Some in Iowa City call for more serious Constitution Week


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It was roughly 224 years ago when an exhausted group pored over one of the United State’s most important documents — the Constitution.

Two centuries later, some in Iowa City are celebrating the city’s annual Constitution Week with patriotic caffeinated beverages but others are calling for a more serious observation of the document.

Those visiting the Coralville and Iowa City City Halls will be able to pick up copies of the Constitution, Preamble, and Pledge of Allegiance, literature provided by the Daughters of the American Revolution.

“We try to give people something to think about,” said Marsha Hucke, the Daughters of the American Revolution Nathaniel Fellows Chapter Flag chairwoman and state librarian.

In addition to the reading of the Constitution, the document is being commemorated in some less conventional ways around the city. Fair Grounds Coffeehouse, 345 S. Dubuque St., is one of four serving specialty items this week.

“We’re bringing in some specialty coffees to be featured for the next three weeks,” said Steve Pernetti, owner of the coffee shop. “They are limited edition roasts from Seattle.”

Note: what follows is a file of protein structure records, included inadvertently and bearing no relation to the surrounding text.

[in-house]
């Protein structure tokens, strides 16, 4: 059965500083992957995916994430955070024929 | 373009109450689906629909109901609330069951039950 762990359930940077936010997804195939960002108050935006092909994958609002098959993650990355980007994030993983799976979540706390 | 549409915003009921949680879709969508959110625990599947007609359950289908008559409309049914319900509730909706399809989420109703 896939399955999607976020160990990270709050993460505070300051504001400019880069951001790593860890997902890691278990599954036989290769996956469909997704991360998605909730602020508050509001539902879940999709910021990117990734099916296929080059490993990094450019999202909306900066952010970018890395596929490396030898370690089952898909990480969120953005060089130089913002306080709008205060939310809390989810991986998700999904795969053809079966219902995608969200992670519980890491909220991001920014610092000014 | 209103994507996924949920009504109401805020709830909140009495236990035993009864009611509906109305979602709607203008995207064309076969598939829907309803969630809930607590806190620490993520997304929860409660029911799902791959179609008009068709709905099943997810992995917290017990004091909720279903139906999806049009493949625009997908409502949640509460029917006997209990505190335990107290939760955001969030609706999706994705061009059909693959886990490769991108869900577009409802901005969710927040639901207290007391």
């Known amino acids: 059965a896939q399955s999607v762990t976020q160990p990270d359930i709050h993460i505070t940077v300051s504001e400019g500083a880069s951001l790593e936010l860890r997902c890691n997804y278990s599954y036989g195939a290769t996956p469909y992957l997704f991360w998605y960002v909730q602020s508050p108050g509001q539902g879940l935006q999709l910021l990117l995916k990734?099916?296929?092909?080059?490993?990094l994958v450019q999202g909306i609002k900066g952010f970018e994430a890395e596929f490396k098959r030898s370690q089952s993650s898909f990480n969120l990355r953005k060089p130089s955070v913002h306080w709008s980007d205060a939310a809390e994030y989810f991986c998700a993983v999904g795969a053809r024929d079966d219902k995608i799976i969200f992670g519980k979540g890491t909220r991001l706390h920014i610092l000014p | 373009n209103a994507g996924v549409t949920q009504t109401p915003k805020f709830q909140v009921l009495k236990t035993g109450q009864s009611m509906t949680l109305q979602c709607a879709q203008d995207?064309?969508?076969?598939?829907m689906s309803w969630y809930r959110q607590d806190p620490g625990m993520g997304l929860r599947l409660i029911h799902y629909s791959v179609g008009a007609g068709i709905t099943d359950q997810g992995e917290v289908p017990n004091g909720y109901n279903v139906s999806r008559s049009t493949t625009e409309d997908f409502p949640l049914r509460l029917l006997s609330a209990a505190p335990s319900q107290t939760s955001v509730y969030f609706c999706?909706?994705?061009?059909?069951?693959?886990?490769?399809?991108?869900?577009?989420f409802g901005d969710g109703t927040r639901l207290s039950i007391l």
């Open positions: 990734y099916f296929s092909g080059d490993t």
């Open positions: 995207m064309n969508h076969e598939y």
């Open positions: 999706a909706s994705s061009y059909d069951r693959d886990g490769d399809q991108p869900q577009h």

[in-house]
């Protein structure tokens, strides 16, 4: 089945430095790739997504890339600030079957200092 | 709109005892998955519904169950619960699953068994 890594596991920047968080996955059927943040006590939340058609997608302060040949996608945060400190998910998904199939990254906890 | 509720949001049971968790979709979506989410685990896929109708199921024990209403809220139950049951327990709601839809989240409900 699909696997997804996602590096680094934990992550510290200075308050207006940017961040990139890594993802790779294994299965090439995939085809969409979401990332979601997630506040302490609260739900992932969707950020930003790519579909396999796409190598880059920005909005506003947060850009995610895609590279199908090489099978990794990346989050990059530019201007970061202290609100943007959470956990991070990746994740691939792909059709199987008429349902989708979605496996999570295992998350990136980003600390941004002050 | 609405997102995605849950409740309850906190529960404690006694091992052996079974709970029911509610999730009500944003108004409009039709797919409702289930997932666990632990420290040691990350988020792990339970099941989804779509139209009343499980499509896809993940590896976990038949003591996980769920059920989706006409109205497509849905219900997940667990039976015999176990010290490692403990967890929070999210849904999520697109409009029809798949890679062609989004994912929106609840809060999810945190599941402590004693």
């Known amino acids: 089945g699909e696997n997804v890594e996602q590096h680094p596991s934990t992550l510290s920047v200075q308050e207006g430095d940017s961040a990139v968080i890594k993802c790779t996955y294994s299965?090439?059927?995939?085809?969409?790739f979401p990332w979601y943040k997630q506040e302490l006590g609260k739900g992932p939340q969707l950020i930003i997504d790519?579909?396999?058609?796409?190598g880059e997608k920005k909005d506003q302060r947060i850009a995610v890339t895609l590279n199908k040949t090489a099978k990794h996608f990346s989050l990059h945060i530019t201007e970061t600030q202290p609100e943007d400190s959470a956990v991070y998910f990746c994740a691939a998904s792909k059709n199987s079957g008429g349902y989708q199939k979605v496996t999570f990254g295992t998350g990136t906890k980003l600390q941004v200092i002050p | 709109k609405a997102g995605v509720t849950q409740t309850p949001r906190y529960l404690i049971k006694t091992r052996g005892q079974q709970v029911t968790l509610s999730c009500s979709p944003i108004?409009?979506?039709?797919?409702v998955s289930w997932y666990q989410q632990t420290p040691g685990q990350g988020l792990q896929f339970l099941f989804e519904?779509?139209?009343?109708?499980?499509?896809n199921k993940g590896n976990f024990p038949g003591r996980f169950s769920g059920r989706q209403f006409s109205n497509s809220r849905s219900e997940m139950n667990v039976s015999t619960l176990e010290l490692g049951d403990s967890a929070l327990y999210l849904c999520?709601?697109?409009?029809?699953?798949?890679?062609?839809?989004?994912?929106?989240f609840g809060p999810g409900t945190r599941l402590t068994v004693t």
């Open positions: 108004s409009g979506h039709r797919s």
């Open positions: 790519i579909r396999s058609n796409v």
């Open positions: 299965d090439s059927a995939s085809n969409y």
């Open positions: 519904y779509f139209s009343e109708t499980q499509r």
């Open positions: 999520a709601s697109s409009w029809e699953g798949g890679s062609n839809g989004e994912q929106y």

Pernetti said he will also provide baked goods with the American flag or even in the shape of the Constitution.

But some Iowa City residents are concerned the light-hearted events may mislead students about the seriousness of the Constitution.

Linda Kerber, a University of Iowa professor of history, is dismayed the UI is not shining a more academic light on the Constitution. She said she was concerned about the nature of the mass email recently sent out by UI Associate Provost for Faculty Tom Rice. Kerber said some of the events didn’t seriously address the importance of the document.

“The Constitution is conspicuous,” she said. “The most living part of the Constitution is the Bill of Rights.”

Kerber stressed the importance of the meaning of the Constitution in her courses by requiring classes to memorize the first section of the 14th Amendment — what she considers to be one of the most important elements of the Constitution.

“I believe that long after people have left my classes and forgotten what I have tried to teach them I want them to have the 14th Amendment floating around in their heads,” she said. “… when people have protested the denial of civil rights and civil liberties and claimed equal protection under the law, it’s the 14th Amendment that they rely on.”

The UI is sponsoring a reading of the Constitution in the IMU Hubbard Commons by two U.S. Army cadets at noon on Friday.

“It’s helpful to commemorate the day. It’s good for everybody,” said event coordinator Lisa Von Muenster. After a smaller turnout last year, she urged students to stop by for part of the reading.

Hucke said knowing the Constitution is key to appreciating it.

“If you know what’s in the Constitution … you can fight to preserve the rights and freedoms that the Constitution grants,” she said. “[The Constitution is] a pretty amazing document.”

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